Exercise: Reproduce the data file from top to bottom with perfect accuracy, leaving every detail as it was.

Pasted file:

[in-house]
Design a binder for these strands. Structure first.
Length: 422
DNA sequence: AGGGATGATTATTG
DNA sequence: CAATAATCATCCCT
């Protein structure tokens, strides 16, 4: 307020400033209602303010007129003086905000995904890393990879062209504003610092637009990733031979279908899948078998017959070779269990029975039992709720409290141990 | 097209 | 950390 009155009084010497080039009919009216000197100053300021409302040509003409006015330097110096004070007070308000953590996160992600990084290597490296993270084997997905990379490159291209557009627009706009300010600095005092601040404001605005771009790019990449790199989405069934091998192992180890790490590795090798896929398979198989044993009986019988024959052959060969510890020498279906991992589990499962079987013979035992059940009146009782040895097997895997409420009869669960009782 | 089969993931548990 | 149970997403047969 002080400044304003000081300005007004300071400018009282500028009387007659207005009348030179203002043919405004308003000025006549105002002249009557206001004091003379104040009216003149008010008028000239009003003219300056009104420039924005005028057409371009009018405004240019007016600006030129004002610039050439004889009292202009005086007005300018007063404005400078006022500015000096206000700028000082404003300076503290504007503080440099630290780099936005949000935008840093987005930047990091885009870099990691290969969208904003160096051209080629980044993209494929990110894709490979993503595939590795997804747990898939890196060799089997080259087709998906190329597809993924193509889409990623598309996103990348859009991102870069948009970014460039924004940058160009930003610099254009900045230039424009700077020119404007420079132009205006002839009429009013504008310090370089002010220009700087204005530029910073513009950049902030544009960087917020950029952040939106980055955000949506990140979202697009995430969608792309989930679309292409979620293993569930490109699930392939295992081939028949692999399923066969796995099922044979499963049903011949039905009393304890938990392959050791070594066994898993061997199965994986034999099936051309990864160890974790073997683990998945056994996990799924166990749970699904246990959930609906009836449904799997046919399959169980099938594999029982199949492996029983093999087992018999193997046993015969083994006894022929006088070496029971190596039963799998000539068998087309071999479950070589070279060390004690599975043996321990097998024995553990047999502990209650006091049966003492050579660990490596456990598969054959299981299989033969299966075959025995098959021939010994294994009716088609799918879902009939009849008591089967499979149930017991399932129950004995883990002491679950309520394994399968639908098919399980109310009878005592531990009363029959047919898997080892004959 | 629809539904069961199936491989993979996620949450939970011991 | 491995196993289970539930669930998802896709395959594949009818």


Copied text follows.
[in-house]
Design a binder for these strands. Structure first.
Length: 422
DNA sequence: AGGGATGATTATTG
DNA sequence: CAATAATCATCCCT
């Protein structure tokens, strides 16, 4: 307020400033209602303010007129003086905000995904890393990879062209504003610092637009990733031979279908899948078998017959070779269990029975039992709720409290141990 | 097209 | 950390 009155009084010497080039009919009216000197100053300021409302040509003409006015330097110096004070007070308000953590996160992600990084290597490296993270084997997905990379490159291209557009627009706009300010600095005092601040404001605005771009790019990449790199989405069934091998192992180890790490590795090798896929398979198989044993009986019988024959052959060969510890020498279906991992589990499962079987013979035992059940009146009782040895097997895997409420009869669960009782 | 089969993931548990 | 149970997403047969 002080400044304003000081300005007004300071400018009282500028009387007659207005009348030179203002043919405004308003000025006549105002002249009557206001004091003379104040009216003149008010008028000239009003003219300056009104420039924005005028057409371009009018405004240019007016600006030129004002610039050439004889009292202009005086007005300018007063404005400078006022500015000096206000700028000082404003300076503290504007503080440099630290780099936005949000935008840093987005930047990091885009870099990691290969969208904003160096051209080629980044993209494929990110894709490979993503595939590795997804747990898939890196060799089997080259087709998906190329597809993924193509889409990623598309996103990348859009991102870069948009970014460039924004940058160009930003610099254009900045230039424009700077020119404007420079132009205006002839009429009013504008310090370089002010220009700087204005530029910073513009950049902030544009960087917020950029952040939106980055955000949506990140979202697009995430969608792309989930679309292409979620293993569930490109699930392939295992081939028949692999399923066969796995099922044979499963049903011949039905009393304890938990392959050791070594066994898993061997199965994986034999099936051309990864160890974790073997683990998945056994996990799924166990749970699904246990959930609906009836449904799997046919399959169980099938594999029982199949492996029983093999087992018999193997046993015969083994006894022929006088070496029971190596039963799998000539068998087309071999479950070589070279060390004690599975043996321990097998024995553990047999502990209650006091049966003492050579660990490596456990598969054959299981299989033969299966075959025995098959021939010994294994009716088609799918879902009939009849008591089967499979149930017991399932129950004995883990002491679950309520394994399968639908098919399980109310009878005592531990009363029959047919898997080892004959 | 629809539904069961199936491989993979996620949450939970011991 | 491995196993289970539930669930998802896709395959594949009818």